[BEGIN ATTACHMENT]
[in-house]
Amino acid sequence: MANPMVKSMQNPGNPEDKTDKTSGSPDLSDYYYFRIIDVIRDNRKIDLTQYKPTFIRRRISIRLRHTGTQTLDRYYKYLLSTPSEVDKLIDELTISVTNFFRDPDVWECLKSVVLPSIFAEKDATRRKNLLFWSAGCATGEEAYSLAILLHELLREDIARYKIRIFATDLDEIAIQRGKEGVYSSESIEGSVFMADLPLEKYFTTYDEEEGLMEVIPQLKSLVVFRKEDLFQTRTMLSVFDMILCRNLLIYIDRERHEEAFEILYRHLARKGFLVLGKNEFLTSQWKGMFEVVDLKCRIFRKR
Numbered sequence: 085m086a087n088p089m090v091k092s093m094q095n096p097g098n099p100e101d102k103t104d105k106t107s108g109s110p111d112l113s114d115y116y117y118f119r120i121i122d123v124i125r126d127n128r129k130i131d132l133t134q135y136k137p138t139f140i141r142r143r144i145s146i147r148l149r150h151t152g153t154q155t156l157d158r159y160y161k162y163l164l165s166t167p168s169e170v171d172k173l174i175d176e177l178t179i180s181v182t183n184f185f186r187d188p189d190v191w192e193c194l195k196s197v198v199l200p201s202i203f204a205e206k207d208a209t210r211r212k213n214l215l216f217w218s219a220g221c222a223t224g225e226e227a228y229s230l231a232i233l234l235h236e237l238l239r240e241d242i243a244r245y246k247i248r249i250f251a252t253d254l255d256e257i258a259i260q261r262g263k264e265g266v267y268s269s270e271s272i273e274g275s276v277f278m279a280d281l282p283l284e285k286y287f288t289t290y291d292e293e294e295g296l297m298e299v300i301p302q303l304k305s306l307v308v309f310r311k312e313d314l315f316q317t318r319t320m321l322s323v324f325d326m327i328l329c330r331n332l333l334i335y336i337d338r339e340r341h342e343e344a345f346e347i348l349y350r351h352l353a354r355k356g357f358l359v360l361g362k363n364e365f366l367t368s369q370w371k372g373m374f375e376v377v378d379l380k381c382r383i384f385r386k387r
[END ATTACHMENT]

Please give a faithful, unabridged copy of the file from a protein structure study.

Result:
[in-house]
Amino acid sequence: MANPMVKSMQNPGNPEDKTDKTSGSPDLSDYYYFRIIDVIRDNRKIDLTQYKPTFIRRRISIRLRHTGTQTLDRYYKYLLSTPSEVDKLIDELTISVTNFFRDPDVWECLKSVVLPSIFAEKDATRRKNLLFWSAGCATGEEAYSLAILLHELLREDIARYKIRIFATDLDEIAIQRGKEGVYSSESIEGSVFMADLPLEKYFTTYDEEEGLMEVIPQLKSLVVFRKEDLFQTRTMLSVFDMILCRNLLIYIDRERHEEAFEILYRHLARKGFLVLGKNEFLTSQWKGMFEVVDLKCRIFRKR
Numbered sequence: 085m086a087n088p089m090v091k092s093m094q095n096p097g098n099p100e101d102k103t104d105k106t107s108g109s110p111d112l113s114d115y116y117y118f119r120i121i122d123v124i125r126d127n128r129k130i131d132l133t134q135y136k137p138t139f140i141r142r143r144i145s146i147r148l149r150h151t152g153t154q155t156l157d158r159y160y161k162y163l164l165s166t167p168s169e170v171d172k173l174i175d176e177l178t179i180s181v182t183n184f185f186r187d188p189d190v191w192e193c194l195k196s197v198v199l200p201s202i203f204a205e206k207d208a209t210r211r212k213n214l215l216f217w218s219a220g221c222a223t224g225e226e227a228y229s230l231a232i233l234l235h236e237l238l239r240e241d242i243a244r245y246k247i248r249i250f251a252t253d254l255d256e257i258a259i260q261r262g263k264e265g266v267y268s269s270e271s272i273e274g275s276v277f278m279a280d281l282p283l284e285k286y287f288t289t290y291d292e293e294e295g296l297m298e299v300i301p302q303l304k305s306l307v308v309f310r311k312e313d314l315f316q317t318r319t320m321l322s323v324f325d326m327i328l329c330r331n332l333l334i335y336i337d338r339e340r341h342e343e344a345f346e347i348l349y350r351h352l353a354r355k356g357f358l359v360l361g362k363n364e365f366l367t368s369q370w371k372g373m374f375e376v377v378d379l380k381c382r383i384f385r386k387r